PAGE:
Simon Wadsworth

Master of Science | Computer Scientist

Enabling IPv6 on a home network
Published Mon 13 June 2011 by Simon Wadsworth in Internet

IPv6 is the next generation internet protocol. Currently few ISPs provide it to the customers, and therefore uptake is slow. However if you wish to have access to the IPv6 world now then there are options. If you only have a single machine than a tunnel is fine, but however if you wish to add it to an entire network then you need something more. If you have a spare old machine lying around, or a machine running Linux that is always on, then you can configure that as a router and use it to provide IPv6 to your LAN.

I have IPv6 connectivity to all the machines that are connected to my network. To achieve this, I use an Ubuntu Linux box as a router, which has a tunnel configured. This allows all the computers to connect onto the IPv6 internet transparently. This is a guide on how I did it.

I use sixxs.net as my IPv6 tunnel provider. They provide the use of the aiccu client which allows the configuration and setup of the tunnel automatically. It creates a interface sixxs which is one end of the tunnel. First things first, you need to register an account at sixxs.net. After your account is approved you are able to create an IPv6 tunnel. This will only allow you to connect one machine, but it is essential before you will be able to enable access to other machines. This will take a while to get approved, but once approved you can install the aiccu client. On Ubuntu you can install it using:

sudo apt-get install aiccu

During setup it will ask you to enter information regarding your tunnel, most likely your sixxs.net login information. Once entered it should authenticate and complete the installation. If it hasn’t started automatically, you need to start it.

sudo service aiccu startOr on older version of Ubuntu try sudo /etc/init.d/aiccu start

Then it will configure the tunnel and you should be able to connect to IPv6 sites. You can try this by typing traceroute6 ipv6.google.com. The next thing to do is to provide IPv6 addresses to your network. To do this, you must apply for a Subnet from sixxs. You will receive a /48 subnet, for which you assign /64s to your network. To distribute your prefix announcement onto your network you need something like radvd installed. Again on Ubuntu it is as simple as typing

sudo apt-get install radvd

Now once radvd is installed, you need to edit the configuration file. This is usually stored in /etc/radvd.conf. So open it up and you want to enter the following:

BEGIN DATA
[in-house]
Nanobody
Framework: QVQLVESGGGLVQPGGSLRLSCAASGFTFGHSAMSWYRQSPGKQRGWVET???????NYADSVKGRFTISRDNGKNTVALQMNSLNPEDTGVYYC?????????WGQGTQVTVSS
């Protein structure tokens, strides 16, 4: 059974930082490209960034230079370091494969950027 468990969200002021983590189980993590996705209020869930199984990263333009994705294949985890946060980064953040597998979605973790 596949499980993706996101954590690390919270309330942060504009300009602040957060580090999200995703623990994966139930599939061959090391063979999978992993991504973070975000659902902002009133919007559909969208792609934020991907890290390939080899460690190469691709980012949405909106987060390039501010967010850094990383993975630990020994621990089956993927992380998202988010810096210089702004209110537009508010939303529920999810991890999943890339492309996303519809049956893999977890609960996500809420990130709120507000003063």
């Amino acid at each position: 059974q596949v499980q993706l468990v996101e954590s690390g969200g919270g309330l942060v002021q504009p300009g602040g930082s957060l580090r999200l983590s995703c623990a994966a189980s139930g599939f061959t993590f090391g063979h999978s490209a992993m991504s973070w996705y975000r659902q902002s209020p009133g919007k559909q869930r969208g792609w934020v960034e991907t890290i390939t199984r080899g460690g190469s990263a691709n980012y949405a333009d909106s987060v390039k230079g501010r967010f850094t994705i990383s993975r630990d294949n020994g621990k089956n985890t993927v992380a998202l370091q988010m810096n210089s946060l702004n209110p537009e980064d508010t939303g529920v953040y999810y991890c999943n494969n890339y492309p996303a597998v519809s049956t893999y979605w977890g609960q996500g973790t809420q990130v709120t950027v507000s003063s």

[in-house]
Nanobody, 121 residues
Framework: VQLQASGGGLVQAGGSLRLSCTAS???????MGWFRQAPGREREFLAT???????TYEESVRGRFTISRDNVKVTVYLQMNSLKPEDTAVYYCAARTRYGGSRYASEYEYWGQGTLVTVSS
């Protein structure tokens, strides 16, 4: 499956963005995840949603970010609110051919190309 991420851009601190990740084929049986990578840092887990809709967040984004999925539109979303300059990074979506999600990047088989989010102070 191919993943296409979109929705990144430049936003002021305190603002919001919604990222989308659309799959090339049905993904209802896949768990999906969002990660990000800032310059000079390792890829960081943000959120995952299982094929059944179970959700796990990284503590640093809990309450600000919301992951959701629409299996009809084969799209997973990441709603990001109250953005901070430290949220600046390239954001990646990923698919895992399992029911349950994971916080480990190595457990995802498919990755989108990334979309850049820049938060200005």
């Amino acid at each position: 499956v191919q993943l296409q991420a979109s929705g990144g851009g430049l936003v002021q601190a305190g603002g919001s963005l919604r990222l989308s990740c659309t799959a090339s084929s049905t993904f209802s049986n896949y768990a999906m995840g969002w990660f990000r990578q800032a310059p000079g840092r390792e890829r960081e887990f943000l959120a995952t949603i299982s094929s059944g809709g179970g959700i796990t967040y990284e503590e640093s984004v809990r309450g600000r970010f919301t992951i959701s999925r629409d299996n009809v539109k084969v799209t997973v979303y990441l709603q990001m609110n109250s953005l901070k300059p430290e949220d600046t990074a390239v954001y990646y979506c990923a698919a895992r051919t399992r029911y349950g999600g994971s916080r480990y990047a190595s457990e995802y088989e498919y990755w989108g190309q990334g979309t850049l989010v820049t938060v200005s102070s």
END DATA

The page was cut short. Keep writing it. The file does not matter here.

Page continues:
interface eth0
{
  AdvSendAdvert on;
  AdvManagedFlag on;
  prefix 2001:4232:532::/64
  {
    AdvOnLink on;
    AdvAutonomous on;
    AdvRouterAddr on;
  };
};

The prefix is from the subnet that sixxs has assigned you. In this case I was assigned 2001:4232:532::/48, so I chose to use the /64 of this for simple setup.

Now of course your interface that is connected to your IPv4 LAN, so what will now be the interface on your router not connected to IPv6 web, should have a static IP assigned to it. This makes it easier to remember, and use. So I just assigned 2001:4232:523::1 to eth0. I won’t cover how to do this, as it is relatively simple if you have done any networking in Linux before.

You now need to tell the linux kernel that you want it to forward traffic for IPv6. To enable IPv6 forwarding you need to edit /etc/sysctl.conf and add the following lines:

net.ipv6.conf.all.forwarding=1
net.ipv6.conf.default.forwarding=1

Now save this file and reboot. When the machine comes back up, check that aiccu and radvd have started ( I find I always have to start aiccu manually). If this is the case then your other machines should have Global IPv6 addresses assigned to them using the prefix you gave radvd. However I found this was not enough to allow my other machines to connect to the internet. After specifying the default route on the router as the IP at the sixxs end of the tunnel, all traffic from eth0 was then routed out over my tunnel, and all the other machines appeared to have native IPv6 connectivity, and were globally addressable. You therefore need to ensure that your machines have firewalls installed, and if you like setup IPv6 iptables on the router. This is what I have done to filter traffic that is not wanted in the network. Also as your IPv6 address will be based on your MAC Address, you can be easily tracked based on it. Windows by default enabled privacy extensions, but Linux does not. To enable this on your Linux clients edit /etc/sysctl.conf and add these lines:

net.ipv6.conf.wlan0.use_tempaddr=2
net.ipv6.conf.all.use_tempaddr=2
net.ipv6.conf.default.use_tempaddr=2

If you have eth0 then replace wlan0 with eth0 or add an extra line for each different interface. all and default should cover all of them, but I like to specify them individually as well just to be safe. I will write another article regarding IPv6 tables at a later date.


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